Dear Ed, ... especially idiots... More secrets of knowledge have been discovered by plain and neglected men than by men of popular fame. And this is so
          Message 4 of 11 , Jun 7, 2000
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            Dear Ed,

            "... especially idiots..."

            "More secrets of knowledge have been discovered by plain and
            neglected men than by men of popular fame. And this is so with good
            reason. For the men of popular fame and busy on popular matters."

            Some guy named Roger Bacon (c. 1220-1292)

            My God. 1200. The scientific method had not even been hashed out
            yet at that time!

            I've been a most unpopular guy ALL my life, starting from earliest
            memory. I guess it's no wonder that I delve into unpopular stuff.
            In fact I just can't *understand* why IBM kept me around for 32
            years (and hired me back numerous times as a consultant). Maybe it
            had something to do with making stuff work that their highly popular,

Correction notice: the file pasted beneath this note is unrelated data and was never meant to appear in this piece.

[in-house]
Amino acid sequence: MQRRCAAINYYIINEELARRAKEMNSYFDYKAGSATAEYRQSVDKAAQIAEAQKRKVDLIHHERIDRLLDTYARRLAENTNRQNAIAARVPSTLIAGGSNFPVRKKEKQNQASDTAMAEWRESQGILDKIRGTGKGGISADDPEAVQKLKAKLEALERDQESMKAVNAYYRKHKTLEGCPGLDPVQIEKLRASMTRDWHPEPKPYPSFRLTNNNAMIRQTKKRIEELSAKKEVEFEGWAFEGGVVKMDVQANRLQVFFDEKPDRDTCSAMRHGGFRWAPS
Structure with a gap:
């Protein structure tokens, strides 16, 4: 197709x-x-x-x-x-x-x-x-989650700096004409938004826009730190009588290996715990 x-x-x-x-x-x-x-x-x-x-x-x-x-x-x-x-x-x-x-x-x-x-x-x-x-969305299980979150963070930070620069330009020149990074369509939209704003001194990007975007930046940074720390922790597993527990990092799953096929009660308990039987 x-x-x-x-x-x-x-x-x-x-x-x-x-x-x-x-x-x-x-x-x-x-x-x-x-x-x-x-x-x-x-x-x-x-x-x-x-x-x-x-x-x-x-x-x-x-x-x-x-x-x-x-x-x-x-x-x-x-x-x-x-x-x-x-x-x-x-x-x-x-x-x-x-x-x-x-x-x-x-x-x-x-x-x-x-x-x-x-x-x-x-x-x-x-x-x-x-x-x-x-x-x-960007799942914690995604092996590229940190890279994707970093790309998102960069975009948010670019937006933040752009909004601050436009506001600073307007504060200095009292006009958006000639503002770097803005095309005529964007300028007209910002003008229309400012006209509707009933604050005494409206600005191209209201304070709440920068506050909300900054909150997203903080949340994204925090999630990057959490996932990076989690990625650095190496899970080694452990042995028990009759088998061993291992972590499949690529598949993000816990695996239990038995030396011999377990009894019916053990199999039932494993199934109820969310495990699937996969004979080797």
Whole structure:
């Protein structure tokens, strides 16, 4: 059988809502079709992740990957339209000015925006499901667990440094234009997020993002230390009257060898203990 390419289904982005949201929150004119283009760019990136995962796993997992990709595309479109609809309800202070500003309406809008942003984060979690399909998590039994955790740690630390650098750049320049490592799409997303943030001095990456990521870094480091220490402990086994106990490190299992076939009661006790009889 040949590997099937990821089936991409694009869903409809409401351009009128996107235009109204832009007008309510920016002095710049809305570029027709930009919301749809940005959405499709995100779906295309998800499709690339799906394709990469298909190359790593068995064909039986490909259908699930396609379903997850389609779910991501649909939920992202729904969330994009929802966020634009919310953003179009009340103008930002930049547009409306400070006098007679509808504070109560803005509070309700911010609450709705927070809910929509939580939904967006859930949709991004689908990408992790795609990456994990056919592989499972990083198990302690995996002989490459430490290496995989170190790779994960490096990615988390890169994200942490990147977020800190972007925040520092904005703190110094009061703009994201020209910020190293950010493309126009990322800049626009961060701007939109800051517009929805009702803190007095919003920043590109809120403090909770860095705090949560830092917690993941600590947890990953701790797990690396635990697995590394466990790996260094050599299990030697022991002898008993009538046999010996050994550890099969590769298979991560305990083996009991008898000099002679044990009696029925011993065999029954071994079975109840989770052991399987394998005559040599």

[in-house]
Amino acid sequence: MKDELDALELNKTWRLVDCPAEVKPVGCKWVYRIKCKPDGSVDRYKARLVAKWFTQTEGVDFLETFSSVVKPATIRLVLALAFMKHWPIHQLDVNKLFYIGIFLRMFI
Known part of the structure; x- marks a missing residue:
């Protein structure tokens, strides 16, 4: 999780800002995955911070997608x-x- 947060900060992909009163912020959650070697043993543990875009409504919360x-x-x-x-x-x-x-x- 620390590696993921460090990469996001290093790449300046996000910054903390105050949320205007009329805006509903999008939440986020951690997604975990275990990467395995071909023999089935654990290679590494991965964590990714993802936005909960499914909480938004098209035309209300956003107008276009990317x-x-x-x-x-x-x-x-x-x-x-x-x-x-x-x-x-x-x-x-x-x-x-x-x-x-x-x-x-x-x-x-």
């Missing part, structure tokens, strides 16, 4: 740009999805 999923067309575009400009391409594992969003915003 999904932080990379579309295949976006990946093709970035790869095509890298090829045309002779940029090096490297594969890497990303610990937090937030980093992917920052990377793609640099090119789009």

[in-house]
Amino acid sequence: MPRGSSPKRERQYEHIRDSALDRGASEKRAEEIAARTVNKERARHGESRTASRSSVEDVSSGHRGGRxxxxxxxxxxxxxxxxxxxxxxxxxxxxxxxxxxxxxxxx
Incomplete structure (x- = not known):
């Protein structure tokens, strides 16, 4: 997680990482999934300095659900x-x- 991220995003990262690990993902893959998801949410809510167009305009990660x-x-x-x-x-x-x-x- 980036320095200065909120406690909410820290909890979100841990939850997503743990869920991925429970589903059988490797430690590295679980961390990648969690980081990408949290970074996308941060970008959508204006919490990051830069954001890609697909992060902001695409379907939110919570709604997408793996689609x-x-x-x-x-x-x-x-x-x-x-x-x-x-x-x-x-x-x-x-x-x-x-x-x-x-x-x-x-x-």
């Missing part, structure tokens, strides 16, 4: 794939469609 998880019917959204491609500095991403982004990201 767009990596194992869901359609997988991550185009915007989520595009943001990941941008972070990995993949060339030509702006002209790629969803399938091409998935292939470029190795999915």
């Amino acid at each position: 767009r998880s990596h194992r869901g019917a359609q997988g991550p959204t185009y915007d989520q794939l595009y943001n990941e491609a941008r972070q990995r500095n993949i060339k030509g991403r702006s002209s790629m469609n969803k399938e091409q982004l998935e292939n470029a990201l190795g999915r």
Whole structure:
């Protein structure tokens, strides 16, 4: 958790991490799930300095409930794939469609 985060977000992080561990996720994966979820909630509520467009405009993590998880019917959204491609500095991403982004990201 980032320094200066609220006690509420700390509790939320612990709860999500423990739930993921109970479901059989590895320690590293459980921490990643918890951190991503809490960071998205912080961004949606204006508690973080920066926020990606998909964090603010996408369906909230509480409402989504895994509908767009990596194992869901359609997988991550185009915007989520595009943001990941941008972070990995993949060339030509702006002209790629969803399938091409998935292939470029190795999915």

fast-moving people just couldn't hack.

            BTW, I picked a poor subject to comment on, just making a general
            point, as I haven't been able to get myself interested at all in this
            retropsychokinesis.

            Regards,
            Jim


            Ed Phillips wrote:
            >
            > Dye Hawley wrote:
            > >
            > > Dear Ed Phillips:
            > >
            > > Well... why don't you respond in a "less polite" and "more direct"
            > fashion
            > > than we do. You certainly have the scientific background and a
            > far greater
            > > ability than we do to respond. I love your responses...because
            > you always
            > > back it up with hard "facts".... Not, baloney. Of course, Wallace
            > and I
            > > always try to be polite but it doesn't mean that we can't be very
            > firm about
            > > our point of view. I just don't feel as qualified as you in